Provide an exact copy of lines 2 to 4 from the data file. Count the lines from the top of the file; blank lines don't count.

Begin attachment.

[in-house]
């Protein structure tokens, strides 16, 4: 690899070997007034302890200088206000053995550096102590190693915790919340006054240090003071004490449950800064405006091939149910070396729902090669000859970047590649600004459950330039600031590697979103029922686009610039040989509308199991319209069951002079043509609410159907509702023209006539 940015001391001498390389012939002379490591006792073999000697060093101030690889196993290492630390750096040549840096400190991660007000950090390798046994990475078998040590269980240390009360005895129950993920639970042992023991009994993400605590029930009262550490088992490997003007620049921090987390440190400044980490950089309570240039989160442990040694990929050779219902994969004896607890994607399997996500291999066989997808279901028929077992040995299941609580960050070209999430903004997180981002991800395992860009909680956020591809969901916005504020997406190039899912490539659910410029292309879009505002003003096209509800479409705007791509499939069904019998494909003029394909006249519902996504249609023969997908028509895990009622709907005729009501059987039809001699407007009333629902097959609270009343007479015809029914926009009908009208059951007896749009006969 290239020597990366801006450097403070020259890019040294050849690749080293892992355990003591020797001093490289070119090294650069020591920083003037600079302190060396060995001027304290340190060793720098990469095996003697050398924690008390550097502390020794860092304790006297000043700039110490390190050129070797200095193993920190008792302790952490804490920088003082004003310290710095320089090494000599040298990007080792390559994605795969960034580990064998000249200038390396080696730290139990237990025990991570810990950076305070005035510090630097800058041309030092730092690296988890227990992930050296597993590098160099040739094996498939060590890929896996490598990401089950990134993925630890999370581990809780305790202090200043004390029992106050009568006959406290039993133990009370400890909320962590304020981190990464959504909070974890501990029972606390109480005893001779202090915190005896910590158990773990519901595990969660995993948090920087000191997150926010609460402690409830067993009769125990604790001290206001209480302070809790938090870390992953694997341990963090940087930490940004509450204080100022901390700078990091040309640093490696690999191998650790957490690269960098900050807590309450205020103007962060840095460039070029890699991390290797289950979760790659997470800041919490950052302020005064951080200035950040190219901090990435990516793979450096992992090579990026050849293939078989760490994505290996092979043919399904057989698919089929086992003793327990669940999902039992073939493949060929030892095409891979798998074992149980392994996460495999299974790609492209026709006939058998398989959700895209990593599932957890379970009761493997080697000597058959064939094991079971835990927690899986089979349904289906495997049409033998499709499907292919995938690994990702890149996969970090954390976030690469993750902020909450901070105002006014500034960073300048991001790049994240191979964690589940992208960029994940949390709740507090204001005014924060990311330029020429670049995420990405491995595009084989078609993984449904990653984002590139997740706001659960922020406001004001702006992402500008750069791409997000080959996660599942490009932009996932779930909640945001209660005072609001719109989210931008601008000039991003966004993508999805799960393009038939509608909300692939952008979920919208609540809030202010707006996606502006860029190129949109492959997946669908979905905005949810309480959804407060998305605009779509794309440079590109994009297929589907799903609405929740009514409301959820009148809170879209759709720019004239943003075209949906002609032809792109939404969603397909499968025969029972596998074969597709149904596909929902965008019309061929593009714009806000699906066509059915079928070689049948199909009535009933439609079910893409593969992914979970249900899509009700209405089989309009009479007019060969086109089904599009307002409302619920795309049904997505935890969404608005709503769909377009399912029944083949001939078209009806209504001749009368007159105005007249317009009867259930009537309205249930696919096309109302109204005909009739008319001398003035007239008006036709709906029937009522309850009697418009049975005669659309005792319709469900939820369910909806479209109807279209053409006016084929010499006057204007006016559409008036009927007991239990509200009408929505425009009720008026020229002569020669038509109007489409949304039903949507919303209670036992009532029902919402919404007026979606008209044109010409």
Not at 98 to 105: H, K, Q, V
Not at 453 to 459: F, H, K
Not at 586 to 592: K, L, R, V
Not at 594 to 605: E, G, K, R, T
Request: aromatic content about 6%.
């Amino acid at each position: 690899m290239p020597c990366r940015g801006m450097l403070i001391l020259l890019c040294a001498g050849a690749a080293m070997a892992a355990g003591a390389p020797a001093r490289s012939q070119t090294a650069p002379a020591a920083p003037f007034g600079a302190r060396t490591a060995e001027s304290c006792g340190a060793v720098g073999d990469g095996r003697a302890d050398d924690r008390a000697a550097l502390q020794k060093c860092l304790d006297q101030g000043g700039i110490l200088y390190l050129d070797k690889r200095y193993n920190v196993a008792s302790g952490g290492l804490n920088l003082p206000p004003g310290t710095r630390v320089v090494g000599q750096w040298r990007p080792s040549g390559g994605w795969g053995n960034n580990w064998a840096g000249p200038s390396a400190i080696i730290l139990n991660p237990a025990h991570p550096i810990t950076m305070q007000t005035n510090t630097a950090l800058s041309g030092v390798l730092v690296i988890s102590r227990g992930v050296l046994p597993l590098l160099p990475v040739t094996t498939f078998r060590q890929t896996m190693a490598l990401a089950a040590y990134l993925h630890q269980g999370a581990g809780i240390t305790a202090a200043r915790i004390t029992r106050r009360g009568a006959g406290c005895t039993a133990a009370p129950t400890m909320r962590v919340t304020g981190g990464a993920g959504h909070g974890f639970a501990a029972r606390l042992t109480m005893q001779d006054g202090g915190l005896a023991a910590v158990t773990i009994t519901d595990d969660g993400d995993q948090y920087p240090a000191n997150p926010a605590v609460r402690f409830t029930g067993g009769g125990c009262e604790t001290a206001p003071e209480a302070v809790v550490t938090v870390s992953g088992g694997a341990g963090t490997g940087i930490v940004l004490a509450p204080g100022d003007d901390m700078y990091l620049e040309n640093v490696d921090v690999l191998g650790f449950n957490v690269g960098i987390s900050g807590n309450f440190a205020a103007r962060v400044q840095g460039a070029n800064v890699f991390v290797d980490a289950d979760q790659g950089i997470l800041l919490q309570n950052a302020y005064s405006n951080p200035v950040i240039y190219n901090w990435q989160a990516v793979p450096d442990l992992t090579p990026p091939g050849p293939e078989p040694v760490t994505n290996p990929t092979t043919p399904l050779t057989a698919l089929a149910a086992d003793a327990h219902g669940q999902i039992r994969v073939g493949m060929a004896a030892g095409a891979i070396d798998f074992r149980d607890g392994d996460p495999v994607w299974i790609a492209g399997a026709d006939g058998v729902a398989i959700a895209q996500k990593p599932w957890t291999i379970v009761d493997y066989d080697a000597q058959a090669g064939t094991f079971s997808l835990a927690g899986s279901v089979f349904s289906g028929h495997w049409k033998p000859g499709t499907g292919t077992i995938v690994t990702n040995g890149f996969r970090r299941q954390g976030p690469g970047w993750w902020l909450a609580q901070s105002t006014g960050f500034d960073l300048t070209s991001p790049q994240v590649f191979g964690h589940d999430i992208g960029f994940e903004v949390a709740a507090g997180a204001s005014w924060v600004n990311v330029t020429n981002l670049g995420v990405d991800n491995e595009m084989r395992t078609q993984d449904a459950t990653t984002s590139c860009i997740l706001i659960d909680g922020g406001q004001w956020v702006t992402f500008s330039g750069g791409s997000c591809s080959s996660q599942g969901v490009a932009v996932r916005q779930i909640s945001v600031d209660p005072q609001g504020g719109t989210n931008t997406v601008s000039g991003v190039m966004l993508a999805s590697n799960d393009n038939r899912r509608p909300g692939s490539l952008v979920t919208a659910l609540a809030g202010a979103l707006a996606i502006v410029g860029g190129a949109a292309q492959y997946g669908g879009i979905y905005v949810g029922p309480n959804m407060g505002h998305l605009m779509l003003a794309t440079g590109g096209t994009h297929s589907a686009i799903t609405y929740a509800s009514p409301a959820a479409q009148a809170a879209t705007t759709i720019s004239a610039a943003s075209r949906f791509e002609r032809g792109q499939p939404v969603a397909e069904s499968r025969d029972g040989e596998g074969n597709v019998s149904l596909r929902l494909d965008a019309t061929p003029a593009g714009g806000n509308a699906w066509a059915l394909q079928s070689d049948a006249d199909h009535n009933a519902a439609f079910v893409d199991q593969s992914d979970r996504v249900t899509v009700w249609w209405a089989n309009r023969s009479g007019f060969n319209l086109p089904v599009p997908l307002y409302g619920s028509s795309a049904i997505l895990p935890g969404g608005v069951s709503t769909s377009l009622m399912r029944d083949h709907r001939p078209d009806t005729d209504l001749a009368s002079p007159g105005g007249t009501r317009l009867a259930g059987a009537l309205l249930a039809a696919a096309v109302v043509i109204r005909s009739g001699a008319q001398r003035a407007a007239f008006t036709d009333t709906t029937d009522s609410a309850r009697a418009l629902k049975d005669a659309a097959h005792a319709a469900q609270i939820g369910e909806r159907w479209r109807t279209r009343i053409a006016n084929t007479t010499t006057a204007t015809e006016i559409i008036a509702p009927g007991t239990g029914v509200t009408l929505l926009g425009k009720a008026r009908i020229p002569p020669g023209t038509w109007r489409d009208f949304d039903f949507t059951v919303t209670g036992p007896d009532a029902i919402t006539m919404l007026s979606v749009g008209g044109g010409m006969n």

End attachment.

């Protein structure tokens, strides 16, 4: 690899070997007034302890200088206000053995550096102590190693915790919340006054240090003071004490449950800064405006091939149910070396729902090669000859970047590649600004459950330039600031590697979103029922686009610039040989509308199991319209069951002079043509609410159907509702023209006539 940015001391001498390389012939002379490591006792073999000697060093101030690889196993290492630390750096040549840096400190991660007000950090390798046994990475078998040590269980240390009360005895129950993920639970042992023991009994993400605590029930009262550490088992490997003007620049921090987390440190400044980490950089309570240039989160442990040694990929050779219902994969004896607890994607399997996500291999066989997808279901028929077992040995299941609580960050070209999430903004997180981002991800395992860009909680956020591809969901916005504020997406190039899912490539659910410029292309879009505002003003096209509800479409705007791509499939069904019998494909003029394909006249519902996504249609023969997908028509895990009622709907005729009501059987039809001699407007009333629902097959609270009343007479015809029914926009009908009208059951007896749009006969 290239020597990366801006450097403070020259890019040294050849690749080293892992355990003591020797001093490289070119090294650069020591920083003037600079302190060396060995001027304290340190060793720098990469095996003697050398924690008390550097502390020794860092304790006297000043700039110490390190050129070797200095193993920190008792302790952490804490920088003082004003310290710095320089090494000599040298990007080792390559994605795969960034580990064998000249200038390396080696730290139990237990025990991570810990950076305070005035510090630097800058041309030092730092690296988890227990992930050296597993590098160099040739094996498939060590890929896996490598990401089950990134993925630890999370581990809780305790202090200043004390029992106050009568006959406290039993133990009370400890909320962590304020981190990464959504909070974890501990029972606390109480005893001779202090915190005896910590158990773990519901595990969660995993948090920087000191997150926010609460402690409830067993009769125990604790001290206001209480302070809790938090870390992953694997341990963090940087930490940004509450204080100022901390700078990091040309640093490696690999191998650790957490690269960098900050807590309450205020103007962060840095460039070029890699991390290797289950979760790659997470800041919490950052302020005064951080200035950040190219901090990435990516793979450096992992090579990026050849293939078989760490994505290996092979043919399904057989698919089929086992003793327990669940999902039992073939493949060929030892095409891979798998074992149980392994996460495999299974790609492209026709006939058998398989959700895209990593599932957890379970009761493997080697000597058959064939094991079971835990927690899986089979349904289906495997049409033998499709499907292919995938690994990702890149996969970090954390976030690469993750902020909450901070105002006014500034960073300048991001790049994240191979964690589940992208960029994940949390709740507090204001005014924060990311330029020429670049995420990405491995595009084989078609993984449904990653984002590139997740706001659960922020406001004001702006992402500008750069791409997000080959996660599942490009932009996932779930909640945001209660005072609001719109989210931008601008000039991003966004993508999805799960393009038939509608909300692939952008979920919208609540809030202010707006996606502006860029190129949109492959997946669908979905905005949810309480959804407060998305605009779509794309440079590109994009297929589907799903609405929740009514409301959820009148809170879209759709720019004239943003075209949906002609032809792109939404969603397909499968025969029972596998074969597709149904596909929902965008019309061929593009714009806000699906066509059915079928070689049948199909009535009933439609079910893409593969992914979970249900899509009700209405089989309009009479007019060969086109089904599009307002409302619920795309049904997505935890969404608005709503769909377009399912029944083949001939078209009806209504001749009368007159105005007249317009009867259930009537309205249930696919096309109302109204005909009739008319001398003035007239008006036709709906029937009522309850009697418009049975005669659309005792319709469900939820369910909806479209109807279209053409006016084929010499006057204007006016559409008036009927007991239990509200009408929505425009009720008026020229002569020669038509109007489409949304039903949507919303209670036992009532029902919402919404007026979606008209044109010409």
Not at 98 to 105: H, K, Q, V
Not at 453 to 459: F, H, K